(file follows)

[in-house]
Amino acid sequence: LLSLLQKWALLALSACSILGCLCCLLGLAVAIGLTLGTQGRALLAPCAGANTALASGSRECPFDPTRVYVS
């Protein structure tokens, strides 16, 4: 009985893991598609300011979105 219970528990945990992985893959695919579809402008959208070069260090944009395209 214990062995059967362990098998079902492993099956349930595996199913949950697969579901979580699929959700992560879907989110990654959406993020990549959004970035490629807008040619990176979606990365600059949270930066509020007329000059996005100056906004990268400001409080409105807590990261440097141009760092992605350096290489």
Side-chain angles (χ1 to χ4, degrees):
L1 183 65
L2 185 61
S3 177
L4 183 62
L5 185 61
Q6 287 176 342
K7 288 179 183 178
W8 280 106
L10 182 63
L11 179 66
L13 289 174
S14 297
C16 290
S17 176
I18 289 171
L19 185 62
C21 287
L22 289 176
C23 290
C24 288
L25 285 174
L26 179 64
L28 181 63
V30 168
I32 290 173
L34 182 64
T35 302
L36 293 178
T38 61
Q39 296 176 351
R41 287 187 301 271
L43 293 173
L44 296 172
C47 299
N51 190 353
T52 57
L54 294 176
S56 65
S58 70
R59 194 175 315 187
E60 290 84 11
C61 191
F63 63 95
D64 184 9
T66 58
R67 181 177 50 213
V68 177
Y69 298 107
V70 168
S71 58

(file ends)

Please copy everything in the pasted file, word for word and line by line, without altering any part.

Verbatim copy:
[in-house]
Amino acid sequence: LLSLLQKWALLALSACSILGCLCCLLGLAVAIGLTLGTQGRALLAPCAGANTALASGSRECPFDPTRVYVS
């Protein structure tokens, strides 16, 4: 009985893991598609300011979105 219970528990945990992985893959695919579809402008959208070069260090944009395209 214990062995059967362990098998079902492993099956349930595996199913949950697969579901979580699929959700992560879907989110990654959406993020990549959004970035490629807008040619990176979606990365600059949270930066509020007329000059996005100056906004990268400001409080409105807590990261440097141009760092992605350096290489």
Side-chain angles (χ1 to χ4, degrees):
L1 183 65
L2 185 61
S3 177
L4 183 62
L5 185 61
Q6 287 176 342
K7 288 179 183 178
W8 280 106
L10 182 63
L11 179 66
L13 289 174
S14 297
C16 290
S17 176
I18 289 171
L19 185 62
C21 287
L22 289 176
C23 290
C24 288
L25 285 174
L26 179 64
L28 181 63
V30 168
I32 290 173
L34 182 64
T35 302
L36 293 178
T38 61
Q39 296 176 351
R41 287 187 301 271
L43 293 173
L44 296 172
C47 299
N51 190 353
T52 57
L54 294 176
S56 65
S58 70
R59 194 175 315 187
E60 290 84 11
C61 191
F63 63 95
D64 184 9
T66 58
R67 181 177 50 213
V68 177
Y69 298 107
V70 168
S71 58